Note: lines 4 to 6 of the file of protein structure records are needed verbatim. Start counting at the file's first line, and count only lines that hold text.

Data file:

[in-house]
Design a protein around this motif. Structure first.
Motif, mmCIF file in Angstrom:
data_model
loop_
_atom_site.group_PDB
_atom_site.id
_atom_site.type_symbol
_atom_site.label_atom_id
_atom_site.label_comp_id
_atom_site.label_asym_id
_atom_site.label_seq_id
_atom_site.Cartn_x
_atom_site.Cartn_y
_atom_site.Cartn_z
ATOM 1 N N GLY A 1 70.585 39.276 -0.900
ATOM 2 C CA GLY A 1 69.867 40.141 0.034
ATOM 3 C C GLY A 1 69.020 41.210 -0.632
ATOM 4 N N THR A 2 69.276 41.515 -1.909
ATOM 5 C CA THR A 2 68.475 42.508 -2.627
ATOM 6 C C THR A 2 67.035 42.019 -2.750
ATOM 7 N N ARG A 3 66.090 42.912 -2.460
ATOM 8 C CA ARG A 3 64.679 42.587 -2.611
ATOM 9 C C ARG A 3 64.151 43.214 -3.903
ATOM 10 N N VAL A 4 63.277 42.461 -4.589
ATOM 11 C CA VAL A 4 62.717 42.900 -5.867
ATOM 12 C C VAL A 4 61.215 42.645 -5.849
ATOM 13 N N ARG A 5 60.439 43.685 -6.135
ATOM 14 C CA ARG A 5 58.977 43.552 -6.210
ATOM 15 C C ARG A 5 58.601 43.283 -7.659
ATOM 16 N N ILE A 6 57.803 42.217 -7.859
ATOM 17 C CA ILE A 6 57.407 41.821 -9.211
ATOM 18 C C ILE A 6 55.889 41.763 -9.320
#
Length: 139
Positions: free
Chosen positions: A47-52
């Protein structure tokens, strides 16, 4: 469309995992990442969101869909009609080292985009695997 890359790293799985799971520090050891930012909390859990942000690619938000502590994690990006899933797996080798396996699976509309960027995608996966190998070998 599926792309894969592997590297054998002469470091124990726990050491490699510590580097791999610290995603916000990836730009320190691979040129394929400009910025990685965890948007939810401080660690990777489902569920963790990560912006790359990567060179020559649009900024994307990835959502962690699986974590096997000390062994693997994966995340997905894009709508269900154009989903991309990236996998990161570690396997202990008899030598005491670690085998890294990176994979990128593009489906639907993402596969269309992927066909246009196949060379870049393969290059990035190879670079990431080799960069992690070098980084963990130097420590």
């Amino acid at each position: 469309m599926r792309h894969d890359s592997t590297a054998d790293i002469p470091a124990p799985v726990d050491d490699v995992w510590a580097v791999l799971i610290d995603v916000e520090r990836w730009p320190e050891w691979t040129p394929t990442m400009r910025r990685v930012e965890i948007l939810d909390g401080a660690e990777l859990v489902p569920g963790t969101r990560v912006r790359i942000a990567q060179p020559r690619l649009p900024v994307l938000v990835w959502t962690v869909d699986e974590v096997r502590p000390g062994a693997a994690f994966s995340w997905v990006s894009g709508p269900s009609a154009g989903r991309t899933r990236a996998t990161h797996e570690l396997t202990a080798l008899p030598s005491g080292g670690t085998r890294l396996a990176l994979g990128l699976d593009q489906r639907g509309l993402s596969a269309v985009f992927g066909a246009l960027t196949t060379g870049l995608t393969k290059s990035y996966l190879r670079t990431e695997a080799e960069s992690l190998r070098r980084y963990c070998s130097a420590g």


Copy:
data_model
loop_
_atom_site.group_PDB